This was stated in a Press Information Bureau (PIB) report, which also said that the Union Ministry for New and Renewable Energy was in the process of implementing a ‘grid-connected rooftop and small solar power plants programme’ to encourage installation of rooftop systems for solar power generation.

17 States

The PIB report said that 17 States in the country had already notified regulatory framework on net metering or feed-in tariff to encourage rooftop solar-power generation systems.

 

 

australian solar

Sharing solar power with your neighbours

australian solarSmart metering has come a long way. Most Victorian customers are now billed via a smart meter. There’s been some hiccups along the way but generally speaking, for the bulk of customers their data is available daily and through the Jemena and United portals where an up-to-the-hour query will give customers the latest data, direct from their meter. For the rest of the country, smart meters are on their way and – with the added incentive of them actually doing something smart, such as controlling household appliances – the demand for their widespread deployment will grow.

So what could be smarter about smart meters other than virtual net-metering with real-time visibility?

A virtual net-metering revolution has quietly occurred in a number of places around the world, including California in the US. California’s version of virtual net-metering allows Californians living in a multi-dwelling building, such as an apartment complex, to have a shared solar system with a percentage of output from each interval (30 minutes is the standard for Australian smart meters) being allocated to each of the owners of the solar system. So if there were 10 residents in an apartment complex who owned a shared solar system on the roof generating 10kWh at midday, each customer would get 1kWh of power over one hour (two intervals), which would offset any of their usage during that period. If they didn’t use any power then their 1kWh would be exported and they’d be paid the same as any other solar PV owner.

 

SunEdison To Bring Electricity To 20 Million People By 2020

SunEdisonSunEdison, Inc., the world’s largest renewable energy development company, today announced an ambitious plan to electrify 20 million people in underserved communities around the world. The initiative will be led by SunEdison Social Innovations, a global group focused on developing new business models and new technologies which make renewable energy in rural communities economically sustainable over the long term, while also contributing to social and environmental benefits to the community.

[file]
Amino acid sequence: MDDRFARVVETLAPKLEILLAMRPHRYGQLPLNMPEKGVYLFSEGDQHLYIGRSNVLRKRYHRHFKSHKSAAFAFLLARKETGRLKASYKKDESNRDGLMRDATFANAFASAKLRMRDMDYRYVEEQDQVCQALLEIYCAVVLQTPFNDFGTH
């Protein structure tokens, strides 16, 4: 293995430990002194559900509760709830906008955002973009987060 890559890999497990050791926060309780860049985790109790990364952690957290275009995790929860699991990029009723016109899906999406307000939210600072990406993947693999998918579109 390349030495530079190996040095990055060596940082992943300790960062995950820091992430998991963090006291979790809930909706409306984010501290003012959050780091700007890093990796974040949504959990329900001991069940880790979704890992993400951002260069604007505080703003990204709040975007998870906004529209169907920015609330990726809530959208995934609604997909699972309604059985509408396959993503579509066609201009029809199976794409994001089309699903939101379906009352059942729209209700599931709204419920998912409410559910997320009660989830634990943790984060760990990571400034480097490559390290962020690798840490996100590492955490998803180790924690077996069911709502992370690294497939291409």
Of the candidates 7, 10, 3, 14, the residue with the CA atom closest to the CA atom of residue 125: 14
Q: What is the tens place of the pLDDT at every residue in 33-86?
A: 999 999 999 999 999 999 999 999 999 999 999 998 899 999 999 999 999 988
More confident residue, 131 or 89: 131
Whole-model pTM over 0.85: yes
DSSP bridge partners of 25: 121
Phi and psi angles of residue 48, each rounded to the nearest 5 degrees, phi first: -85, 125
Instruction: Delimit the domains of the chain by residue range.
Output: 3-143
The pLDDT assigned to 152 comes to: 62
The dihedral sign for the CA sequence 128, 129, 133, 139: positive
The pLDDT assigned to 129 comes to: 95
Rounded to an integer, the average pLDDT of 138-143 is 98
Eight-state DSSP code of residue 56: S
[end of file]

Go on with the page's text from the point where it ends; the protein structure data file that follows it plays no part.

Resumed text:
“Billions of people worldwide don’t have access to electricity,” said Ahmad Chatila, President and Chief Executive Officer at SunEdison. “Without electricity they can’t access many of the things we take for granted – health clinics with vaccines, or schools with computers and fans. But by applying a mix of new business models, new technology, and charitable donations, we are tackling the issue head on. We are committing to bringing electricity to one million people by the end of 2015, and are targeting to help 20 million people gain access to electricity by 2020.”

The Social Innovations team has already started working toward its goal and has helped more than 250,000 people worldwide through strategic partnerships focused on three key areas: new business models, new technology, and charitable donations.

New business models

SunEdison is developing new ways to bring electricity to the people who need it most through a series of partnerships and innovative business models.

In India, SunEdison and Omnigrid Micropower Company (OMC) are electrifying rural villages by pairing commercial solar customers with local villagers. Telecom companies need their cellular towers powered. Villagers need electricity. A solar electric mini grid providing electricity for both of them is the answer. The mini grid is first built to power the tower – the tower becomes the anchor for the project. With this in place, SunEdison and OMC develop additional mini grid capacity that can be sold to the local villagers. By pairing high credit telecom companies with low to no credit villagers the entire project becomes bankable. It is a mutually beneficial relationship – the telecom companies save money by powering their telecom towers with cost effective solar energy, while the hundreds of families that live around each tower get access to electricity that can be used for lights, fans and mobile phone chargers. With a target of 5,000 solar power plants to be developed over the next 5 years, the SunEdison-OMC partnership expects to help more than 10 million people.